|The White House
President George W. Bush
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For Immediate Release
Office of the Press Secretary
May 24, 2002
Joint Statement on People-to-People Contacts
Joint Statement by President George W. Bush and President Vladimir V. Putin on U.S.-Russian People-To-People Contacts
In keeping with the spirit of cooperation between our two countries, we affirm the importance of strengthening contacts between our societies and citizens. We are confident that direct links between our cities, states and regions, businesses, educational, research, and medical institutions, and non-governmental organizations increase communication and promote understanding and trust between the United States and Russia.
Over the past decade, direct ties between Americans and Russians have grown rapidly, and they continue to broaden and deepen, including through joint business ventures and trade and economic relationships, academic and cultural exchanges, and cooperative efforts aimed at protecting the environment and developing new medical technologies and cures for the most deadly diseases. Such cooperation now goes beyond programs, projects, and agreements financed by our governments; our primary role in the future should be to support this trend by removing legal, bureaucratic, and other impediments. Recognizing the mutual benefits of travel for our private and official visitors, the United States and Russia are committed to streamlining visa practices and taking additional steps to facilitate travel. To this end, we have agreed to reduce substantially visa fees for participants in student and school exchanges.
We note that government-supported partnerships between American and Russian institutions are flourishing: they include 94 Russian-American sister cities, 8 hospital partnerships, and 37 university partnerships. In addition, more than 100 U.S.-Russian community and institutional partnerships have been forged between local governments, judges, businesses, professional associations, and other non-governmental groups.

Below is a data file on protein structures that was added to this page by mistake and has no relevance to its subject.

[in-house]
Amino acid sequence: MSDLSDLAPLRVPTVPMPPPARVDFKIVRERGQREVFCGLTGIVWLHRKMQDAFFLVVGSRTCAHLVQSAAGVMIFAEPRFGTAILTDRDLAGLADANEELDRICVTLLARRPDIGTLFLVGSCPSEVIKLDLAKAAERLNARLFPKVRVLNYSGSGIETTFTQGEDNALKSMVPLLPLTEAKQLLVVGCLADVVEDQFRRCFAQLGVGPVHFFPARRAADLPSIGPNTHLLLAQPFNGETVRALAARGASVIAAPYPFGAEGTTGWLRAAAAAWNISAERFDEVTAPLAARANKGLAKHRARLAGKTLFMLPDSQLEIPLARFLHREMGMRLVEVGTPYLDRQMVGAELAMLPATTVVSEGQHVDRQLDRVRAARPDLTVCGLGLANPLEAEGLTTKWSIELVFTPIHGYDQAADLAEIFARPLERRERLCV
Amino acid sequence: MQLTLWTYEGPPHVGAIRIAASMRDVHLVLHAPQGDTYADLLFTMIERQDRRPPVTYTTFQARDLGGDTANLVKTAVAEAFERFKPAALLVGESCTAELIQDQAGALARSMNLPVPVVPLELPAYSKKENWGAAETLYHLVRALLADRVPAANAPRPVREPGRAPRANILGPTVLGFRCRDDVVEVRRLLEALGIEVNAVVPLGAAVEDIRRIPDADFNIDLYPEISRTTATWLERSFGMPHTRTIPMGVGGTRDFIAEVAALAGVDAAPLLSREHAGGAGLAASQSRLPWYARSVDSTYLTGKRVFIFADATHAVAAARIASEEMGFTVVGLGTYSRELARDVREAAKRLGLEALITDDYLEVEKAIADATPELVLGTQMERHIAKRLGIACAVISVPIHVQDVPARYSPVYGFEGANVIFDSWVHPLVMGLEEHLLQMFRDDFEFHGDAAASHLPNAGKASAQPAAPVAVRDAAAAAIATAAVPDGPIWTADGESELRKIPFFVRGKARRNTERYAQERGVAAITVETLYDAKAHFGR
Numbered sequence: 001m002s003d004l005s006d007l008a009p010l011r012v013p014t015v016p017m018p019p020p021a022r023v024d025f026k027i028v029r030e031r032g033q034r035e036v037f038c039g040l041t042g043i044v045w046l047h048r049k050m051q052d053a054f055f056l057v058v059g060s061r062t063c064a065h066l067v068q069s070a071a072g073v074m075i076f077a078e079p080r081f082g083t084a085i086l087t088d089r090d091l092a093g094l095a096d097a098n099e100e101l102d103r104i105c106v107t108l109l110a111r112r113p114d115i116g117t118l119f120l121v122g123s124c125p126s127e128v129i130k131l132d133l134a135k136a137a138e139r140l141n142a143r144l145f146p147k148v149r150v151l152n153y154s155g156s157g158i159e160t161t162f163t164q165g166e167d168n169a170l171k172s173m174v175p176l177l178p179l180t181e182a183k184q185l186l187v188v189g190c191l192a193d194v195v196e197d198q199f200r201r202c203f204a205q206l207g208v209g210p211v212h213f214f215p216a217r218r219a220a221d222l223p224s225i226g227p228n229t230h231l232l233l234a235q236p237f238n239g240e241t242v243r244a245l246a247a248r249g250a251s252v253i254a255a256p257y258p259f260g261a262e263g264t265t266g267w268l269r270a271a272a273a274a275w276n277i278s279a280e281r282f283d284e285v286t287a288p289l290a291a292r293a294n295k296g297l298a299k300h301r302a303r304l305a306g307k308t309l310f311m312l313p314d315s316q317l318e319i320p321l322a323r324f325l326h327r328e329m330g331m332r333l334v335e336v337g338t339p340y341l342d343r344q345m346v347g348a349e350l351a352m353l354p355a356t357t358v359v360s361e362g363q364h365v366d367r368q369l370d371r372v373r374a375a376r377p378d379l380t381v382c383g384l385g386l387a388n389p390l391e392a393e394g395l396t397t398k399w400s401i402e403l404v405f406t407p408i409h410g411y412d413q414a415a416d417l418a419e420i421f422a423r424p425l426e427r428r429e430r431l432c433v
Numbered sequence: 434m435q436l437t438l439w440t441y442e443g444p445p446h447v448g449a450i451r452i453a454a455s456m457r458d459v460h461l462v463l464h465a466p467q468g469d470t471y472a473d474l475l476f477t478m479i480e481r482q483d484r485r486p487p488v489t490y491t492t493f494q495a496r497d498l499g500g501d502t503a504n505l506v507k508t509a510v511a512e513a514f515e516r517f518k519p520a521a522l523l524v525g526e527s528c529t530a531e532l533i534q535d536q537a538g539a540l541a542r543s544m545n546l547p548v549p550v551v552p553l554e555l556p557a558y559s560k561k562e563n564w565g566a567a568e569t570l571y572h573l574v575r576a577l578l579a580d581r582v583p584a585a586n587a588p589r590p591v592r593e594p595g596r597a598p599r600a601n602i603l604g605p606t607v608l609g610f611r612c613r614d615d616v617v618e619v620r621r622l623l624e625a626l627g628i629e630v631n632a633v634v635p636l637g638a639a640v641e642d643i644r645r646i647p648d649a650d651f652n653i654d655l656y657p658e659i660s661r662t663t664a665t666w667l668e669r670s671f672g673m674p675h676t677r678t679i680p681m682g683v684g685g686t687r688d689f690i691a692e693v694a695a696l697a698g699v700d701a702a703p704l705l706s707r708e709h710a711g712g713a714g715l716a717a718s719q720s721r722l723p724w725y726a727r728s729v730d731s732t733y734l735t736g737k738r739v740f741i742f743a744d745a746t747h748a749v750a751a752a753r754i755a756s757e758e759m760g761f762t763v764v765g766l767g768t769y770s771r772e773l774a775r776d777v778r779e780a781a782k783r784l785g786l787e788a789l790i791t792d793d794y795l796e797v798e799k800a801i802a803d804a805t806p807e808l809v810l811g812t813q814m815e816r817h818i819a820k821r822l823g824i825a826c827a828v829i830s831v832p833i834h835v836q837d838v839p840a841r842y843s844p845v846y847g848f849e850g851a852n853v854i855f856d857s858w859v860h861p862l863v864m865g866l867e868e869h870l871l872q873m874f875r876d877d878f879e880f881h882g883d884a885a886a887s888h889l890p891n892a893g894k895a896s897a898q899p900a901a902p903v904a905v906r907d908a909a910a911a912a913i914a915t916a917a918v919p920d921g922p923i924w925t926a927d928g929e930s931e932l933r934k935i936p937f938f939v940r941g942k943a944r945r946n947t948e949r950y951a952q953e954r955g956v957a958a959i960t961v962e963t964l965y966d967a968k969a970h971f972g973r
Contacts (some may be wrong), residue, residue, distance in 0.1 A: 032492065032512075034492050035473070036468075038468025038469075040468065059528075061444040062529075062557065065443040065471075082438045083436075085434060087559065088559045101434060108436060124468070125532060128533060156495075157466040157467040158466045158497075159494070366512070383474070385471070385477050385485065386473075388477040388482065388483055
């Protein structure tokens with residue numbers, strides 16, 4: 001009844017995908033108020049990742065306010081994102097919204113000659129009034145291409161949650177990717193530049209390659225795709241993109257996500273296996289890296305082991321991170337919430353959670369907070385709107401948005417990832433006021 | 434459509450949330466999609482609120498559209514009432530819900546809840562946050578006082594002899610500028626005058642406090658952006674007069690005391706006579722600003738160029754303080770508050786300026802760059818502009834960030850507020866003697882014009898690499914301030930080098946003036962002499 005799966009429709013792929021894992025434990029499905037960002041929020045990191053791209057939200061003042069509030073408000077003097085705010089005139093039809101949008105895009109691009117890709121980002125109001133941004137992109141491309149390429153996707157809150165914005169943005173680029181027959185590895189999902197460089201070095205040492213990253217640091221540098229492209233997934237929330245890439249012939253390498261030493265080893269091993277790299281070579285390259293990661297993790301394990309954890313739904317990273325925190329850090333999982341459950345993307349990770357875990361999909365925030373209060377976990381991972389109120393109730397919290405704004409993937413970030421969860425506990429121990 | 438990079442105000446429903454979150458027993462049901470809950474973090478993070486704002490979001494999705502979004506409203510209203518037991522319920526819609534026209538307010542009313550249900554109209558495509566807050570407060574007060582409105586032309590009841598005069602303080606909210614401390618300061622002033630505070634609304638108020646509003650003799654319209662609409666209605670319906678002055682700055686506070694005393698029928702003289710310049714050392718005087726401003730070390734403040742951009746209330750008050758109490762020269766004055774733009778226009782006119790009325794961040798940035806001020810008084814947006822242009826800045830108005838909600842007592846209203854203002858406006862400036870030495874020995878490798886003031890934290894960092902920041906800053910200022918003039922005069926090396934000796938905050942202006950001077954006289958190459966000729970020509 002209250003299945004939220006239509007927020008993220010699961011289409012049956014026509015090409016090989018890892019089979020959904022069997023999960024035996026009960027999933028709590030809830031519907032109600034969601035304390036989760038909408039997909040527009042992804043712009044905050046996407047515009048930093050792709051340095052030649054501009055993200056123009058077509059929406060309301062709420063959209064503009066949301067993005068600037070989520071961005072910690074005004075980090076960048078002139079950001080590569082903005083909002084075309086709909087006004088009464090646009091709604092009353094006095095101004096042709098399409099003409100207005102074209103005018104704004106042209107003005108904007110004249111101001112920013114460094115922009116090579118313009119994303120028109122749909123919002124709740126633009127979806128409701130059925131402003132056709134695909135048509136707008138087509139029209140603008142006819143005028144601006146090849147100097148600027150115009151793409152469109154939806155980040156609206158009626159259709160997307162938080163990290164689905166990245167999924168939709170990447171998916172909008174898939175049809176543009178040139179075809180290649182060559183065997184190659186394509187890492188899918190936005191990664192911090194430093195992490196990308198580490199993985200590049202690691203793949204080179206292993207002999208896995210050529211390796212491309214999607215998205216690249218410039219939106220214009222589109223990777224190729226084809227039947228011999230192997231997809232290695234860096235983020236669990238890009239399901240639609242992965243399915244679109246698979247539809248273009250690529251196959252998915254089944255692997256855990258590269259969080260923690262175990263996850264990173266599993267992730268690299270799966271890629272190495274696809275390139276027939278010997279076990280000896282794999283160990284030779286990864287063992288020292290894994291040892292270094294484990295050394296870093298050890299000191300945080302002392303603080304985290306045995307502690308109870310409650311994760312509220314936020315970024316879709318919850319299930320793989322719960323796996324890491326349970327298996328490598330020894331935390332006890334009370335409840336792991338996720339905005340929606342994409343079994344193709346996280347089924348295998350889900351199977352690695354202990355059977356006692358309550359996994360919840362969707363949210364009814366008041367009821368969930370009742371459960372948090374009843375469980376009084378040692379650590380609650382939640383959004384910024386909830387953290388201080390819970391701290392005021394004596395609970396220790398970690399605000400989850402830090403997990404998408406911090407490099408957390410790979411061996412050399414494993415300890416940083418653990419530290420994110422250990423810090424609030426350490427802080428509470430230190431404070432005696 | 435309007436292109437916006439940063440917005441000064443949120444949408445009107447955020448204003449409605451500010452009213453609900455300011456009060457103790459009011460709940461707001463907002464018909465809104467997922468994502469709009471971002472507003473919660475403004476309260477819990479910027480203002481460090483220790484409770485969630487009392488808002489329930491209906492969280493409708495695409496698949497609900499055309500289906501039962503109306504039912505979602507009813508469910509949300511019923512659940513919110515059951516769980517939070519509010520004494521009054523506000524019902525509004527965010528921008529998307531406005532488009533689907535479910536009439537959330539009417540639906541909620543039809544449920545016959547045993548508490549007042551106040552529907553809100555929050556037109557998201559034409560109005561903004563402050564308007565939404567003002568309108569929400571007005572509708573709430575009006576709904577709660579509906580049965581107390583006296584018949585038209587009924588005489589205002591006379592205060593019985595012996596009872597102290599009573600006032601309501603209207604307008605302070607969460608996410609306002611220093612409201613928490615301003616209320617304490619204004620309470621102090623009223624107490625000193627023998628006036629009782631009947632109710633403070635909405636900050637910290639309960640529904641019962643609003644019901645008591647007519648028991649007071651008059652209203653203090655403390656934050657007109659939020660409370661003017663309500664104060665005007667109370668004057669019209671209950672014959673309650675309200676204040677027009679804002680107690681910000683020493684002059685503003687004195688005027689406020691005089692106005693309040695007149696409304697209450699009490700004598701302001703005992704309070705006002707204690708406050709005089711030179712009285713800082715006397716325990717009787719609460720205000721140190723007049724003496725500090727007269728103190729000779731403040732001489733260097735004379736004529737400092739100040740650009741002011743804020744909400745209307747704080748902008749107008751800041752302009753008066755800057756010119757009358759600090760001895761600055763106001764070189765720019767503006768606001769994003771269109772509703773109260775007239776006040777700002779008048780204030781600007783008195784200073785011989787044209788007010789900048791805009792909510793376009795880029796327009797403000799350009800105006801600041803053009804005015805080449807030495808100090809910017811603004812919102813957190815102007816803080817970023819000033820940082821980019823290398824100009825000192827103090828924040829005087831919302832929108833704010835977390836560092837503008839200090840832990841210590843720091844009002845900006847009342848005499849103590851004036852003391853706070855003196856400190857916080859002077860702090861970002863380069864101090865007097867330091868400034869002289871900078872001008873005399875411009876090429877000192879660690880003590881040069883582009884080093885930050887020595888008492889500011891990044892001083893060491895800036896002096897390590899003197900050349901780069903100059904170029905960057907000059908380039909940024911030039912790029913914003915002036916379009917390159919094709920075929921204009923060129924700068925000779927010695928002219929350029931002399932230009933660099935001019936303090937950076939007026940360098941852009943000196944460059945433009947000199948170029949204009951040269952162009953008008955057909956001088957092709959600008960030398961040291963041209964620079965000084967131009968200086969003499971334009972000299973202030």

We also recognize the strong ties between American and Russian regions and cities, especially the Russian Far East and the U.S. West Coast. Thanks to existing intergovernmental agreements, Native American and Russian citizens can visit their relatives in Alaska and Chukotka visa-free. In an effort to stimulate more of these regional ties, we have just begun a new program which will use U.S.-Russian partnerships to facilitate cooperation, strengthen civil society and media, and improve the business climate in the Russian Far East and the Volga Federal District.
Government-supported exchange programs that send Russians to the United States and Americans to Russia have also grown exponentially over the past decade. Under these programs, more than 50,000 Russian students, scientists, legislators and others have been hosted by families and communities in all 50 American states. Last year alone, about 1,000 Russian entrepreneurs visited the United States to exchange experiences and develop mutually profitable ties with their American hosts; these business exchanges are set to increase significantly this year. Meanwhile, thousands of American scholars, scientists, business people, health care professionals, language teachers, and other experts from many walks of life have spent time in virtually every region of Russia, working side-by-side with their Russian colleagues.